The Big 12 board of directors meets Monday in Dallas and the topic of expansion will be addressed.

Not necessarily decided, but definitely addressed.

Maybe after three months of vetting, analyzing and interviewing potential new members the presidents and chancellors will decide the Big 12 Conference should add schools. Maybe they will even decide which schools to add.

Or maybe they will decide 10 members are enough for the smallest Power Five conference and stick with what they have.

Or maybe they will decide not to decide and keep college football’s never-ending story going.

It is impossible to know which way this will go, but news reports from Big 12 country over the last month suggest the conference has cooled on the idea of expansion.

The only public statements that provide a hint at which way the Big 12 is leaning have come from Oklahoma President David Boren, who once called the conference “psychologically disadvantaged” by having only 10 members.

First, Boren said expansion should not be considered a given. Then, responding to reports citing unidentified sources that he had changed his position, Boren released a noncommittal statement in late September.

“I do not know where the speculation came from, but Oklahoma has not yet taken a position on expansion,” he said.

Consultants have provided data to conference leaders showing expansion could increase the Big 12’s chances of reaching the playoff and the bottom lines of its members.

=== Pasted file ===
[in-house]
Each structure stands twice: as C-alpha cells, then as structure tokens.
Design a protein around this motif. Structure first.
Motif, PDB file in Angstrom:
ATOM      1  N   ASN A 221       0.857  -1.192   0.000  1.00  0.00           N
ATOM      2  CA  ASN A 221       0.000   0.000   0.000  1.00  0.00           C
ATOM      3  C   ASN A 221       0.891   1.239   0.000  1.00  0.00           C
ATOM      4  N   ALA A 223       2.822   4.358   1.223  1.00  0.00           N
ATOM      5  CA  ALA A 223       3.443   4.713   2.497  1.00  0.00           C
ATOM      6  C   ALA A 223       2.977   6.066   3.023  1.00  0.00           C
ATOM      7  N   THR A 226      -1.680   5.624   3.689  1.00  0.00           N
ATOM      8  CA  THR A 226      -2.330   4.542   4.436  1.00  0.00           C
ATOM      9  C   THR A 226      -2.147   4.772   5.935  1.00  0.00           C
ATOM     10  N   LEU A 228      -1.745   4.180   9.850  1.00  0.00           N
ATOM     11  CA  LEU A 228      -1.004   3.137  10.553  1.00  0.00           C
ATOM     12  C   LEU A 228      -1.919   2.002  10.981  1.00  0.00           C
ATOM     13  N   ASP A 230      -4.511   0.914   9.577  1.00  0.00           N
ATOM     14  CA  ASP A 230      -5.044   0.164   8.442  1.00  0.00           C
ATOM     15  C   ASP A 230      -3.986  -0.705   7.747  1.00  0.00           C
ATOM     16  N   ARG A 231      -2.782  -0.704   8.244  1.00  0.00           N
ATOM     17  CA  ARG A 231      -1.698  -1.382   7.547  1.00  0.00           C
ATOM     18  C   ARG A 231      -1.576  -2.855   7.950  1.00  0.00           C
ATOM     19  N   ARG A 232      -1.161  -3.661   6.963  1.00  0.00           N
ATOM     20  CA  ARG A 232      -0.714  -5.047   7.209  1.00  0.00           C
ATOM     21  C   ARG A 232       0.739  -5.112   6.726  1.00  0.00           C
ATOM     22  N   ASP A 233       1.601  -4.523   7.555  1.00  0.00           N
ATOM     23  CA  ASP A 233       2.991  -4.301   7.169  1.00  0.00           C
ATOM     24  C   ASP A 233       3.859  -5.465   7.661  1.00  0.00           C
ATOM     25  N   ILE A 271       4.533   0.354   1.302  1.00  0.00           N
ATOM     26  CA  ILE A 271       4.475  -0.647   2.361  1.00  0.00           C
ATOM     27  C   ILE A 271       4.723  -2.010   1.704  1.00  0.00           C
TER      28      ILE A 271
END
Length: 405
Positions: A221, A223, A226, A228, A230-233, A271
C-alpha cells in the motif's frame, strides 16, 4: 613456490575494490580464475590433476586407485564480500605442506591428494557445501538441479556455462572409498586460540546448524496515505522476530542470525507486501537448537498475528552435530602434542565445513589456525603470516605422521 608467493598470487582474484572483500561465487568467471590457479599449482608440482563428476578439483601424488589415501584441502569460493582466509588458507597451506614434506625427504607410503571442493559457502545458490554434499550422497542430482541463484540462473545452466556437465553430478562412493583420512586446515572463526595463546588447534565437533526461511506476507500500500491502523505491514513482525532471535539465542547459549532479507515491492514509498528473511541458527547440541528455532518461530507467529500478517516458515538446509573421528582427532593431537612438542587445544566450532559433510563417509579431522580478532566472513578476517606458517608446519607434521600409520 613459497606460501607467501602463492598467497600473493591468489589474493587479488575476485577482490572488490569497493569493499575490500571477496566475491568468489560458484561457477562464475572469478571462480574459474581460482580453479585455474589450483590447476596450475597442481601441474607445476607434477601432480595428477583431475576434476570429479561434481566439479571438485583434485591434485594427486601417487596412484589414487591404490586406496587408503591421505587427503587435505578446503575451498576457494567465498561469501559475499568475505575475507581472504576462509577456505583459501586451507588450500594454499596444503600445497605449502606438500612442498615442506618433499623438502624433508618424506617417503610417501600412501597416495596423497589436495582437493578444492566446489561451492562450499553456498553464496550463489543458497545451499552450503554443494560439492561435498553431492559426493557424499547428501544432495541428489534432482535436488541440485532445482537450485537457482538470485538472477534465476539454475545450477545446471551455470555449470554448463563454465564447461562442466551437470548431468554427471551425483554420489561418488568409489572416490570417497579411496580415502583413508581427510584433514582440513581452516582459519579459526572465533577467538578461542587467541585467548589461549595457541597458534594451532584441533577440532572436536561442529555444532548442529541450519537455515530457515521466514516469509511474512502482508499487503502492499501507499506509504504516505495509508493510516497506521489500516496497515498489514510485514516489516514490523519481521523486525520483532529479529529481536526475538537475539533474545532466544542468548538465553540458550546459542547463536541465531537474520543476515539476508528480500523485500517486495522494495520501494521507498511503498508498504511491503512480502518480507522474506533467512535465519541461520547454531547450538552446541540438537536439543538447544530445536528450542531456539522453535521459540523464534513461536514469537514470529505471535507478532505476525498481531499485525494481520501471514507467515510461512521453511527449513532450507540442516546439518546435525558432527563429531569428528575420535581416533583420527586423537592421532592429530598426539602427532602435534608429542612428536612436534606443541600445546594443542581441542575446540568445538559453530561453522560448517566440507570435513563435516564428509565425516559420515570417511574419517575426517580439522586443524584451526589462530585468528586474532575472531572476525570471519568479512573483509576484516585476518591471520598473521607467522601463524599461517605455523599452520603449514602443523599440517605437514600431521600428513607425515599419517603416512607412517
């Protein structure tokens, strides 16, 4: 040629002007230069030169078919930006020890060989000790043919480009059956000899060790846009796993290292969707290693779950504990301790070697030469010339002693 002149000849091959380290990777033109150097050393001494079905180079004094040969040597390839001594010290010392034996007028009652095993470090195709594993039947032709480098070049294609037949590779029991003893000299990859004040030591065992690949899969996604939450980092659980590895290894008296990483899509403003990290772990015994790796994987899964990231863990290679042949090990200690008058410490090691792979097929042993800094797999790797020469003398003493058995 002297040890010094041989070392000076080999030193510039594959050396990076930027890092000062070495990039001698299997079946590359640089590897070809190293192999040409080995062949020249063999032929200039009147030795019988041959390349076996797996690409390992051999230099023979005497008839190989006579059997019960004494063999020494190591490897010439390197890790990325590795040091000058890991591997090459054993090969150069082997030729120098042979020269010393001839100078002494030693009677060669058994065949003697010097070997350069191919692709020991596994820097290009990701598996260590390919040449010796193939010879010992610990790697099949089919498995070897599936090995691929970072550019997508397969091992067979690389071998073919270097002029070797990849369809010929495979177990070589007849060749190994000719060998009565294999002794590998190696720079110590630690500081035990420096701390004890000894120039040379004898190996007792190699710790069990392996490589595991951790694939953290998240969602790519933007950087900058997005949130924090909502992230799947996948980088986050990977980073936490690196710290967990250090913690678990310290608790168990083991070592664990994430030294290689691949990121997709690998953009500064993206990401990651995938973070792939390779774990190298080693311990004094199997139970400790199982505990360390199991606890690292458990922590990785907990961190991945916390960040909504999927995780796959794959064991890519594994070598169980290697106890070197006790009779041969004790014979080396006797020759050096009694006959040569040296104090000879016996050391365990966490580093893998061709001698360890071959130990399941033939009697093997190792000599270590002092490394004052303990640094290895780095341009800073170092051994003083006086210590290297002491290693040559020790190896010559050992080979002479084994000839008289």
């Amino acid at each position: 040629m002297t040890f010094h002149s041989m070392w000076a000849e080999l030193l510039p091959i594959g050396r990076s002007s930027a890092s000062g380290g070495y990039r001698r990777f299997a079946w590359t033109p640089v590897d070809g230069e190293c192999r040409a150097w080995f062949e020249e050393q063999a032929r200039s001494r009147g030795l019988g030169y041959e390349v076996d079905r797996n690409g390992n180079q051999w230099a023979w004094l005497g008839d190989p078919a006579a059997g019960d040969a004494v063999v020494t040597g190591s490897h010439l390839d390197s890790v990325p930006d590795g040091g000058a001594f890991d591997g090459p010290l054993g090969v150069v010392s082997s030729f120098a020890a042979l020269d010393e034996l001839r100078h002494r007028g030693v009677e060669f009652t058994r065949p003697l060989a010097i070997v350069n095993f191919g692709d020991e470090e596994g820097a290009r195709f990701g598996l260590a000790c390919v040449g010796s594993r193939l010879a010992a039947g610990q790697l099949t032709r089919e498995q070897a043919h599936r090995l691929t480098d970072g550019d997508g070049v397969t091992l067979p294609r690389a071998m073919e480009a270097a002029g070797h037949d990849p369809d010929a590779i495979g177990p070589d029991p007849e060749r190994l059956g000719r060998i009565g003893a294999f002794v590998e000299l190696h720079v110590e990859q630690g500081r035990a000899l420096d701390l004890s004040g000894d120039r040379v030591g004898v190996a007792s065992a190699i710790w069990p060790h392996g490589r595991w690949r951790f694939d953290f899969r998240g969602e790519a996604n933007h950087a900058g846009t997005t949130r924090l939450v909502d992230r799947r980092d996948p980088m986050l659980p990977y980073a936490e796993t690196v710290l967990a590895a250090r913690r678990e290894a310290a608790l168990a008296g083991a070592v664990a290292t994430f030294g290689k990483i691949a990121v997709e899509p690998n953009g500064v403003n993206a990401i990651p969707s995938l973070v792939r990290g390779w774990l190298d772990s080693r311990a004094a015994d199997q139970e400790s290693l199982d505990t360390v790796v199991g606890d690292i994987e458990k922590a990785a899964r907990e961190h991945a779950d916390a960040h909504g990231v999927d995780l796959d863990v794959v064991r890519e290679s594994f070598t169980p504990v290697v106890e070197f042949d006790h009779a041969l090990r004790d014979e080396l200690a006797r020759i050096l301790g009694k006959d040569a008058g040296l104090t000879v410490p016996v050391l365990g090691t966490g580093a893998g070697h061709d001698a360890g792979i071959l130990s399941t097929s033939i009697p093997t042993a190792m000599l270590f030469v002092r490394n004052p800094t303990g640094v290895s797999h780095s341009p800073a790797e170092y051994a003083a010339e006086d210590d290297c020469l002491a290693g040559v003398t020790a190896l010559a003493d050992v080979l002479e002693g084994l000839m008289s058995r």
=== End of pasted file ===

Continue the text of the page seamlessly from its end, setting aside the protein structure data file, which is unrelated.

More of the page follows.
The Big 12’s television contracts with ESPN and Fox call for the networks to provide increases to cover the addition of new members. So two new schools would mean an extra $50 million or so each year through 2025.

The new members would, as is standard, receive a partial share of conference revenue for the first three or four seasons in the league. The old members would split the rest.

More money and a better chance to make it to the playoff. So why wouldn’t the Big 12 expand?


Big 12 officials held face-to-face interviews with 11 schools during September: Air Force, BYU, Central Florida, Cincinnati, Colorado State, Connecticut, Houston, Rice, South Florida, SMU and Tulane.

None is an obvious choice.

— BYU has had the most football success and is a national brand, but the Cougars’ other sports don’t play on Sundays and the school’s honor code has received scrutiny from LGBT advocacy groups.

— Houston received an endorsement from the governor of Texas and some public support from the University of Texas, but promoting an in-state competitor could make winning and recruiting more difficult for current members.

— Cincinnati, South Florida and Central Florida provide new media markets and recruiting territory, but limited history of success on the field. And those media markets don’t have as much impact for a conference that is not likely to follow-up expansion with its own television network.

— Colorado State would put the Big 12 back in a state that is home to many of its schools’ alumni, but it is not the flagship university of that state.